The questions sheet used to include a question that said, "Do you think the writer's request should be granted? Why or why not?" for each and every letter. The students inevitably said, "Yes" to every letter. Now, after the students have read all of the letters that they have had time to read (usually about four each), I ask them, "Pretend that you are only able to give one of these kids what they asked for. Of the letters you read, which one would you choose and why?" I always look forward to reading these responses more than any of the others.

Anyway, enough of my babbling. Here is the activity:
  1. Show From Hoover to Roosevelt Powerpoint. The last slides will explain what children will do during the Letters to Mrs. Roosevelt activity.
  2. Randomly give out the Letters to Mrs. Roosevelt letters to students; Give out Letter Questions Sheet (I usually run a copy of this on the front and back so that students have four sets of the questions which is enough for them to respond to four letters).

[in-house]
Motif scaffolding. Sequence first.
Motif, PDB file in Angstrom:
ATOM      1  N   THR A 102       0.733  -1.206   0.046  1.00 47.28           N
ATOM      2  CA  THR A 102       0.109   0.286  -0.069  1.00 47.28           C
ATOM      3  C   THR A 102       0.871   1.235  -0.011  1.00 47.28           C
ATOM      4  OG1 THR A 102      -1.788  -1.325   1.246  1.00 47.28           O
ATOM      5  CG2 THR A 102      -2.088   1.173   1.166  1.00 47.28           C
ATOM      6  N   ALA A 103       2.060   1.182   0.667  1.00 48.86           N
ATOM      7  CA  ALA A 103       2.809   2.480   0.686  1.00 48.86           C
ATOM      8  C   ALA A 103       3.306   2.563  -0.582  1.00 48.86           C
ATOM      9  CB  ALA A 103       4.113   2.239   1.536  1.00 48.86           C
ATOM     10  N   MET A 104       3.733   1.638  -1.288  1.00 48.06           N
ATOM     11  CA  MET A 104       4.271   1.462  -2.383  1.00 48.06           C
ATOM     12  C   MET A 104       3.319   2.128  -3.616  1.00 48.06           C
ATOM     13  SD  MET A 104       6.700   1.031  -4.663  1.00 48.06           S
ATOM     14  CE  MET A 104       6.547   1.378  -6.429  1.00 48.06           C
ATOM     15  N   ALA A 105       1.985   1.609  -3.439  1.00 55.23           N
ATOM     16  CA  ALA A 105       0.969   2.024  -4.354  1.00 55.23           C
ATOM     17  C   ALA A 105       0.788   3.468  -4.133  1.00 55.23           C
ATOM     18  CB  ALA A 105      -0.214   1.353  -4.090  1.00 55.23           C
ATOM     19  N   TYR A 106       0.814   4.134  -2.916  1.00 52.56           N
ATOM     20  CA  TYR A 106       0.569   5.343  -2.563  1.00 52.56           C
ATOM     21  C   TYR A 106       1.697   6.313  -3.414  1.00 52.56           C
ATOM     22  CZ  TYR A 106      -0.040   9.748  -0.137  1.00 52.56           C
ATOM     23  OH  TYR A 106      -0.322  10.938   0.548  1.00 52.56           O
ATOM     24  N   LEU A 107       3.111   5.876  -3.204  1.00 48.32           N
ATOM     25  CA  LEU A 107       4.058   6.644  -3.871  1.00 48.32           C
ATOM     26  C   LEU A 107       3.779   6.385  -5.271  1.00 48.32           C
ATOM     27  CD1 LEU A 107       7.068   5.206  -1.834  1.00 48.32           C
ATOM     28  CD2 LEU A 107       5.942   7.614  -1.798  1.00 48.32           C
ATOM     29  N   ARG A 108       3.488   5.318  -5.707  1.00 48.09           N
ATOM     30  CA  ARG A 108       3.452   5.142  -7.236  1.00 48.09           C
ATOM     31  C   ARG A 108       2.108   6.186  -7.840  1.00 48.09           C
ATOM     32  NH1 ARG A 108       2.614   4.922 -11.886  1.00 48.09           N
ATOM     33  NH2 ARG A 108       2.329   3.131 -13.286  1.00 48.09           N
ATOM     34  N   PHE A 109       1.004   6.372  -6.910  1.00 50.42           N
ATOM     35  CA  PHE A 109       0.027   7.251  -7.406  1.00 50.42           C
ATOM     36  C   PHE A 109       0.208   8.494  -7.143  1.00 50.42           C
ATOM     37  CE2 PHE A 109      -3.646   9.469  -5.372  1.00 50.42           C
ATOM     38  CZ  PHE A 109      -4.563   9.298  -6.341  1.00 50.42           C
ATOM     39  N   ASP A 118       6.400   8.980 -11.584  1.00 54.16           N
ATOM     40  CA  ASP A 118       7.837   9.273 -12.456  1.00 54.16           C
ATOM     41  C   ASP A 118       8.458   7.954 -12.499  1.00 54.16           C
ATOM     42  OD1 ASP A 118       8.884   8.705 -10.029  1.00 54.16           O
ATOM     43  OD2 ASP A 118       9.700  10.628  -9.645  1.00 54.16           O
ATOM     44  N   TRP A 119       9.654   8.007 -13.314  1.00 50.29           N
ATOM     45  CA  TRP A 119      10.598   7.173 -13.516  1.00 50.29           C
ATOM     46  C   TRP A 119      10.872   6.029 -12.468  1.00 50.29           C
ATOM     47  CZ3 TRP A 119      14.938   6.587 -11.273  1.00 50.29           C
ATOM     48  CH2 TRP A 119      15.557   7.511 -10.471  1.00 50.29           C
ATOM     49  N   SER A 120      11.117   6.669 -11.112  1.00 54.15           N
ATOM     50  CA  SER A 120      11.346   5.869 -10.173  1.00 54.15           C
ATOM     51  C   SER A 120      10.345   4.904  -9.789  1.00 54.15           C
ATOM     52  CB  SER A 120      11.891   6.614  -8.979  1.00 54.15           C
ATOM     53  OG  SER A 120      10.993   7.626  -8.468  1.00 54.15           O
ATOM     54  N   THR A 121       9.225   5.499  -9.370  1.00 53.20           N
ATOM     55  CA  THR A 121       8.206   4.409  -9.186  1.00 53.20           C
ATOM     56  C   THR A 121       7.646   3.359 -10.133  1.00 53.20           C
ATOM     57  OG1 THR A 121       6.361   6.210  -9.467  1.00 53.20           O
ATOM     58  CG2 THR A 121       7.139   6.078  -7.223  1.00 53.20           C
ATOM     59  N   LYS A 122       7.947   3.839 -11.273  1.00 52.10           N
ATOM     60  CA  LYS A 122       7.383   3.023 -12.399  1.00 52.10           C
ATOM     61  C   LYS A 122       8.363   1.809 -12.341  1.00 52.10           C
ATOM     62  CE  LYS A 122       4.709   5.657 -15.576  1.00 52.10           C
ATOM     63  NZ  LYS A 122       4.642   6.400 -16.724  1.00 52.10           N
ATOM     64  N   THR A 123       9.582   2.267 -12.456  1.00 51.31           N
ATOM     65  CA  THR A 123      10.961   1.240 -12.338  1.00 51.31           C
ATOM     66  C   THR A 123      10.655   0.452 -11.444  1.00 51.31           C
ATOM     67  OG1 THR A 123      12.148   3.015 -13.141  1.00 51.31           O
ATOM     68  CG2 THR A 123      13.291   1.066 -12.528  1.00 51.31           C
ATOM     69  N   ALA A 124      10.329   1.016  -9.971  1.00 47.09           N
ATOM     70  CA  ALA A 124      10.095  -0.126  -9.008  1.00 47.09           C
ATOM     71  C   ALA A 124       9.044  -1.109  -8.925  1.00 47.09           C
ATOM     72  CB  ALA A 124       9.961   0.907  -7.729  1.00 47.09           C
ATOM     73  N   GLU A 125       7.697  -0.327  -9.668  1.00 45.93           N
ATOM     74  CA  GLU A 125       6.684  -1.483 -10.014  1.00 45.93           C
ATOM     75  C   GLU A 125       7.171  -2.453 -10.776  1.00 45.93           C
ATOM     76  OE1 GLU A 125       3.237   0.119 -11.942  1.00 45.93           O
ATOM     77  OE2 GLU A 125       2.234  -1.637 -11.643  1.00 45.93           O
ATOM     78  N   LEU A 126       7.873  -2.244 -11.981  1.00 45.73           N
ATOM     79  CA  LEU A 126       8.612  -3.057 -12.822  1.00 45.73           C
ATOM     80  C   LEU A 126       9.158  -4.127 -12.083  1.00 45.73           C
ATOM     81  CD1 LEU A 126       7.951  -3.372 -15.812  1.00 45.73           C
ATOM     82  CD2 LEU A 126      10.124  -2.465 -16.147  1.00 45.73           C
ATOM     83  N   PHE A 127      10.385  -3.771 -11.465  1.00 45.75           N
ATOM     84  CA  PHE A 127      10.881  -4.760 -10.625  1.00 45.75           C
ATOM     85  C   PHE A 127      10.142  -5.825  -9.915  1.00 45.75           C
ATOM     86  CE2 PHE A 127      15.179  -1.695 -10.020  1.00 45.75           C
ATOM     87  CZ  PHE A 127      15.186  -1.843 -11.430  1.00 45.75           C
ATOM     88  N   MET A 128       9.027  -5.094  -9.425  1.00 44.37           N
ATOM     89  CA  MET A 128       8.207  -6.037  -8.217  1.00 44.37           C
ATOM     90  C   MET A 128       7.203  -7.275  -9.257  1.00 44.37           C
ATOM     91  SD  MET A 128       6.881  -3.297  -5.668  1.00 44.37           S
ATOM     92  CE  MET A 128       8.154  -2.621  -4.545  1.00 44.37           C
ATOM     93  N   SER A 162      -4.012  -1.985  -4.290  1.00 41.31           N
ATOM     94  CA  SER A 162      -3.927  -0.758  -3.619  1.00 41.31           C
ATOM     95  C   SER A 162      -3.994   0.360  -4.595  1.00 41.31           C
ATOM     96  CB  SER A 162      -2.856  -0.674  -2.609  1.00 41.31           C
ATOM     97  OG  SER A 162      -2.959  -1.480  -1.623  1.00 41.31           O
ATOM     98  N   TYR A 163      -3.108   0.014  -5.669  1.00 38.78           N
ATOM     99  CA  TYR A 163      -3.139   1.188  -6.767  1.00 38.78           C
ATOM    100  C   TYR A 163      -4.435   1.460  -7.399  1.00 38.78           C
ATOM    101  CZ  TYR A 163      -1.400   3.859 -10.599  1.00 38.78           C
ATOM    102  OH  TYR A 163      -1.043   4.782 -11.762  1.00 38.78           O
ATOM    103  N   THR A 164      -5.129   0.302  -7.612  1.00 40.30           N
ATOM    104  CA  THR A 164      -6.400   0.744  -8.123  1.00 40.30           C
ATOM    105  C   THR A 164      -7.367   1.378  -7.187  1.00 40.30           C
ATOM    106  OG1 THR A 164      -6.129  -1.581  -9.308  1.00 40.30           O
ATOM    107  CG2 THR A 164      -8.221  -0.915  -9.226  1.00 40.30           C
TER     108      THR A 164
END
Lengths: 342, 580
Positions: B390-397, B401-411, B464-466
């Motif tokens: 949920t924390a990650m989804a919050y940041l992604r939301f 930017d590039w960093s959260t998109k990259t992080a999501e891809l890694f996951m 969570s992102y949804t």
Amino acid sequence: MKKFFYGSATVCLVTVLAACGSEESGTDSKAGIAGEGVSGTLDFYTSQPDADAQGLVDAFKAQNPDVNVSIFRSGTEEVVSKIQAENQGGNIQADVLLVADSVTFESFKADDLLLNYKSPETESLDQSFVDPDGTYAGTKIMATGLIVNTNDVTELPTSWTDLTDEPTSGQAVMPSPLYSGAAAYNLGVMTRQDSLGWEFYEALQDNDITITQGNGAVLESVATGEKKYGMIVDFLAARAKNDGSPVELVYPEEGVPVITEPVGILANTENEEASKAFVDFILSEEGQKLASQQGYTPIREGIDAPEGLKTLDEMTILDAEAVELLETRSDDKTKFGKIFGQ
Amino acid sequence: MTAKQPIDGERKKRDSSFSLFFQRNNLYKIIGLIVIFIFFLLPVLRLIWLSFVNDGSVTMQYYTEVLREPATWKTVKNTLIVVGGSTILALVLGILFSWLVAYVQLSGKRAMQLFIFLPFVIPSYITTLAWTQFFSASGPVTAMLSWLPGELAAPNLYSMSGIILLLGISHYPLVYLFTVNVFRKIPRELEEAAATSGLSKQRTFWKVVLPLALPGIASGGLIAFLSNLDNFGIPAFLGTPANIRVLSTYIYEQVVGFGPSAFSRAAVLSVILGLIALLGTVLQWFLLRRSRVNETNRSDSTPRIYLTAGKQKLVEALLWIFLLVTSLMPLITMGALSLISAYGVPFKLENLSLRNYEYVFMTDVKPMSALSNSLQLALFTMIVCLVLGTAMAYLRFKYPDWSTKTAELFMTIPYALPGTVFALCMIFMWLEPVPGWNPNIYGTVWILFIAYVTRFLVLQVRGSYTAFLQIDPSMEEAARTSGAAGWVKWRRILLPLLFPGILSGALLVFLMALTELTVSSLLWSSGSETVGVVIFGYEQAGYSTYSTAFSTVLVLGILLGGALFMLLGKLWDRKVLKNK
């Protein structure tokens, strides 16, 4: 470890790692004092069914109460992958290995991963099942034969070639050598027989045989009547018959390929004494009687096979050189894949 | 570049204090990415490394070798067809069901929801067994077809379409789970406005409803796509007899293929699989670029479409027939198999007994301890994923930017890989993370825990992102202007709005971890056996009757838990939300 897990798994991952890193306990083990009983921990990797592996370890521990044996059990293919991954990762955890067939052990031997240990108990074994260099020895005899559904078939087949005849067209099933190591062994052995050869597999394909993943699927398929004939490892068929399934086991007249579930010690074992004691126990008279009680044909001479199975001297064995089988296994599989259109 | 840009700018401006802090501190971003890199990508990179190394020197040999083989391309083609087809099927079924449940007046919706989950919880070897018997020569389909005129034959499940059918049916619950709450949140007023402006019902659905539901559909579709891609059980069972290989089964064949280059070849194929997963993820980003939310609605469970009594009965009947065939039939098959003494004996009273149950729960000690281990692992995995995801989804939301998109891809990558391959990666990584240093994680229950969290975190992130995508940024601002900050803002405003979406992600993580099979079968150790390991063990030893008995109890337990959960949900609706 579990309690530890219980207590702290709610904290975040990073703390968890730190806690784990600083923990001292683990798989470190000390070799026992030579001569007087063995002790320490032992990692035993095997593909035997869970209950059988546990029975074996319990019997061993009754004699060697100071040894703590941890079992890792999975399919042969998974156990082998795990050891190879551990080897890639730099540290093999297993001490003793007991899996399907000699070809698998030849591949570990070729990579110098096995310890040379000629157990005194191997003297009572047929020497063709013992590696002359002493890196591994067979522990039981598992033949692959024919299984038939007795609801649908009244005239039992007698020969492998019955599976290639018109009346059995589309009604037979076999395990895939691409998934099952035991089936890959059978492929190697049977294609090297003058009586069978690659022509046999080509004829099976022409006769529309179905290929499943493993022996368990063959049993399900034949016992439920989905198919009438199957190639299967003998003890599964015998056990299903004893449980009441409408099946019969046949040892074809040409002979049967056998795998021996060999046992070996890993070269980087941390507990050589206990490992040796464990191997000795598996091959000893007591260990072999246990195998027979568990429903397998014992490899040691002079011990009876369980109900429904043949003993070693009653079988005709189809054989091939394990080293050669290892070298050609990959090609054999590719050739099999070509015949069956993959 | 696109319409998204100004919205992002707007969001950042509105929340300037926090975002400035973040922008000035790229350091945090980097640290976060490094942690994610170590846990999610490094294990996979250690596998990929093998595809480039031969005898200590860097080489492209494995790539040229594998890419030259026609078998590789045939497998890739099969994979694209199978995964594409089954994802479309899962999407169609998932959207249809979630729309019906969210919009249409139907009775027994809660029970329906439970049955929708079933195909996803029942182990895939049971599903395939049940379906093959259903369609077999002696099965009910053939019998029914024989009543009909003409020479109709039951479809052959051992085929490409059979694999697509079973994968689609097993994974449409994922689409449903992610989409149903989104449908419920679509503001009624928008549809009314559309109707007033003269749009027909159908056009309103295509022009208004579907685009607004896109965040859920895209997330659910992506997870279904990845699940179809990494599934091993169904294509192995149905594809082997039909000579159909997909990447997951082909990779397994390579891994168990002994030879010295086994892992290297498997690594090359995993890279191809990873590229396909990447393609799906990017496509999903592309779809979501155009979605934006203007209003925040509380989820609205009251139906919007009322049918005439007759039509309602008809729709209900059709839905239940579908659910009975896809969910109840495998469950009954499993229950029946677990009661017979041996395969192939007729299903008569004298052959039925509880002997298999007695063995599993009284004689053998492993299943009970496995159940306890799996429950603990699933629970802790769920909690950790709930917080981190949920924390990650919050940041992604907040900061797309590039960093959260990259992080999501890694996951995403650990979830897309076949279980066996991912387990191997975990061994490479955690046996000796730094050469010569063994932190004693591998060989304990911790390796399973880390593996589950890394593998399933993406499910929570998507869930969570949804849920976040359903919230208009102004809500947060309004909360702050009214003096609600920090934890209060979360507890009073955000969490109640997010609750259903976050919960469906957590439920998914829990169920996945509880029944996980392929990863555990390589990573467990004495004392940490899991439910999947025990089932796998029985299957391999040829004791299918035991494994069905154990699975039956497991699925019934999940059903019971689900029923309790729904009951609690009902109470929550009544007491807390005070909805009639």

3. Explain your expectations for the activity including how much time the students will have to complete the activity (I usually give two history class times for the combination of the PowerPoint and letters activity). You may even want to respond to a letter on the Letter Questions Sheet in front of the class as a model. Depending on your comfort level and your students, you may allow students to complete the activity independently or in groups. If your students can handle working in groups, I recommend it. The students learn a lot from each other. I usually leave extra letters at the front of the room so that students can get a new letter as they finish reading and responding to a letter.  
  4. About twenty minutes before time is up, ask students to answer the following question on another piece of paper: "Pretend that you are only able to give one of these kids what they asked for. Of the letters you read, which one would you choose and why?"
I will post how I make the letters seem more authentic and old in my next post.


Tuesday, January 10, 2012

Movie for WWI: Sergeant York